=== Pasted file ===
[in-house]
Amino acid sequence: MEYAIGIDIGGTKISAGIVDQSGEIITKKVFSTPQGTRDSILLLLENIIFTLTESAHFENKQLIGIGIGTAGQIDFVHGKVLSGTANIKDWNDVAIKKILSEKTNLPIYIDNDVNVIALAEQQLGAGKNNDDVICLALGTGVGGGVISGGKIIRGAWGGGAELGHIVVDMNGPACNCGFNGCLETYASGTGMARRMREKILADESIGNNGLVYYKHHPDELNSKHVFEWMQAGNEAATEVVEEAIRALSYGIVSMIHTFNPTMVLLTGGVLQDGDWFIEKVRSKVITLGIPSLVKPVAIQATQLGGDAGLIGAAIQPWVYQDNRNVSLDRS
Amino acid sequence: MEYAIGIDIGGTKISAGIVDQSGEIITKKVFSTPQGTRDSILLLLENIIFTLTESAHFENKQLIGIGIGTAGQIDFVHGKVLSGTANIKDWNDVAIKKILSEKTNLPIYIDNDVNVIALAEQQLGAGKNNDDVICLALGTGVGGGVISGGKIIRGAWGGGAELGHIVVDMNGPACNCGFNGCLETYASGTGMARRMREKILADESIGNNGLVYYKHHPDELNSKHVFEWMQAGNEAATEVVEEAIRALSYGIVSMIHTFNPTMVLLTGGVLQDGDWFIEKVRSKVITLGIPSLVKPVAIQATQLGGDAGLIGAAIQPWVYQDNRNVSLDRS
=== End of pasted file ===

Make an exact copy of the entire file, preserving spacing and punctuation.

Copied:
[in-house]
Amino acid sequence: MEYAIGIDIGGTKISAGIVDQSGEIITKKVFSTPQGTRDSILLLLENIIFTLTESAHFENKQLIGIGIGTAGQIDFVHGKVLSGTANIKDWNDVAIKKILSEKTNLPIYIDNDVNVIALAEQQLGAGKNNDDVICLALGTGVGGGVISGGKIIRGAWGGGAELGHIVVDMNGPACNCGFNGCLETYASGTGMARRMREKILADESIGNNGLVYYKHHPDELNSKHVFEWMQAGNEAATEVVEEAIRALSYGIVSMIHTFNPTMVLLTGGVLQDGDWFIEKVRSKVITLGIPSLVKPVAIQATQLGGDAGLIGAAIQPWVYQDNRNVSLDRS
Amino acid sequence: MEYAIGIDIGGTKISAGIVDQSGEIITKKVFSTPQGTRDSILLLLENIIFTLTESAHFENKQLIGIGIGTAGQIDFVHGKVLSGTANIKDWNDVAIKKILSEKTNLPIYIDNDVNVIALAEQQLGAGKNNDDVICLALGTGVGGGVISGGKIIRGAWGGGAELGHIVVDMNGPACNCGFNGCLETYASGTGMARRMREKILADESIGNNGLVYYKHHPDELNSKHVFEWMQAGNEAATEVVEEAIRALSYGIVSMIHTFNPTMVLLTGGVLQDGDWFIEKVRSKVITLGIPSLVKPVAIQATQLGGDAGLIGAAIQPWVYQDNRNVSLDRS